rfid reader convert hex to dec

Hello everyone. I just got a rfid kit that appeared in an episode from Jeremy Blum videos.
I put the code that he wrote and it worked fine, I get values on the serial console. My problem is that I got this kit so I can replace a broken rfid reader from work. That reader gave me a decimal value, for example 0030016351256. The kit that I made with the arduino gives me something like F98018.
If I convert that to decimal than it’s ok, it’s the last part of the whole code read by the broken rfid reader. I can easily add the prefix to the output. But I don’t know how to convert the data to a decimal value so I can instead print that.
```
*//Jeremy Blum’s Arduino Tutorial Series - Episode 12 - RFID Cards
//Sample Code - RFID Code Reading
//http://www.jeremyblum.com
//Some Code Adapted from http://www.cooking-hacks.com
//Code Updated on 1/21/2012 to comply with Arduino 1.0 Changes

byte data[3];  //For holding the ID we receive
int val = 0;
void setup()
{
  // Start serial port 19200 bps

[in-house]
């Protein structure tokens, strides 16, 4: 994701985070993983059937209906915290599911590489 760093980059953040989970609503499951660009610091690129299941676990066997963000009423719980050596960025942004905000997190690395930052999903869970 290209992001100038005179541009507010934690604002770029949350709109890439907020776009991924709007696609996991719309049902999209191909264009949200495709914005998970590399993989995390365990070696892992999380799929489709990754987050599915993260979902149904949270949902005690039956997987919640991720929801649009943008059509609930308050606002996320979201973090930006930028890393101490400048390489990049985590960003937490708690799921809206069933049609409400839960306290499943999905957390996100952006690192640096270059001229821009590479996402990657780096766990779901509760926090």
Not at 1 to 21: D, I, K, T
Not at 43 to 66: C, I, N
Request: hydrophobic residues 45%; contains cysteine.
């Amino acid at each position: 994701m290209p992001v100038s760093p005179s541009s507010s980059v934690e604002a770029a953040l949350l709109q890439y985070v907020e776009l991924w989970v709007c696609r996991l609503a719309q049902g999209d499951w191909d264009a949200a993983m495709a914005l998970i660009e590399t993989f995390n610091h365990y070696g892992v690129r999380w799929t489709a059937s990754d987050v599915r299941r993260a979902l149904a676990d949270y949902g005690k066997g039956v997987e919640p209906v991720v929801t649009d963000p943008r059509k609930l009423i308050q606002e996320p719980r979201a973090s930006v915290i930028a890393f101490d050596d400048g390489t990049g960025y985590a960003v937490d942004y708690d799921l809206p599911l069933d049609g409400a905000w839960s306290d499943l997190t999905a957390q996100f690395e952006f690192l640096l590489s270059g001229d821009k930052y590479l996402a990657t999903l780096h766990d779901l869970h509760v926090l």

Serial.begin(19200);
 
  // Setting Auto Read Mode - EM4102 Decoded Mode - No password
  // command: FF 01 09 87 01 03 02 00 10 20 30 40 37
  Serial.write(0xFF);  //Header
  Serial.write(0x01);  //Reserved
  Serial.write(0x09);  //Length (Command + Data)
  Serial.write(0x87);  //Command (0x87 sets auto mode behavior
  Serial.write(0x01);  //Data 1: Enable Auto-Read
  Serial.write(0x03);  //Data 2: Mode – Parity decoded – Manchester RF/64
  Serial.write(0x02);  //Data 3: Total number of block to be read (2)
  Serial.write((byte)0x00);  //Data 4: No password expected
  Serial.write(0x10);  //Data 5: Password byte 1
  Serial.write(0x20);  //Data 6: Password byte 2
  Serial.write(0x30);  //Data 7: Password byte 3
  Serial.write(0x40);  //Data 8: Password byte 4
  Serial.write(0x37);  //Checksum
 
  delay(500);
  Serial.flush();
  Serial.println();
  Serial.println(“RFID module started in Auto Read Mode, Waiting for Card…”);
}

void loop()
{
  val = Serial.read();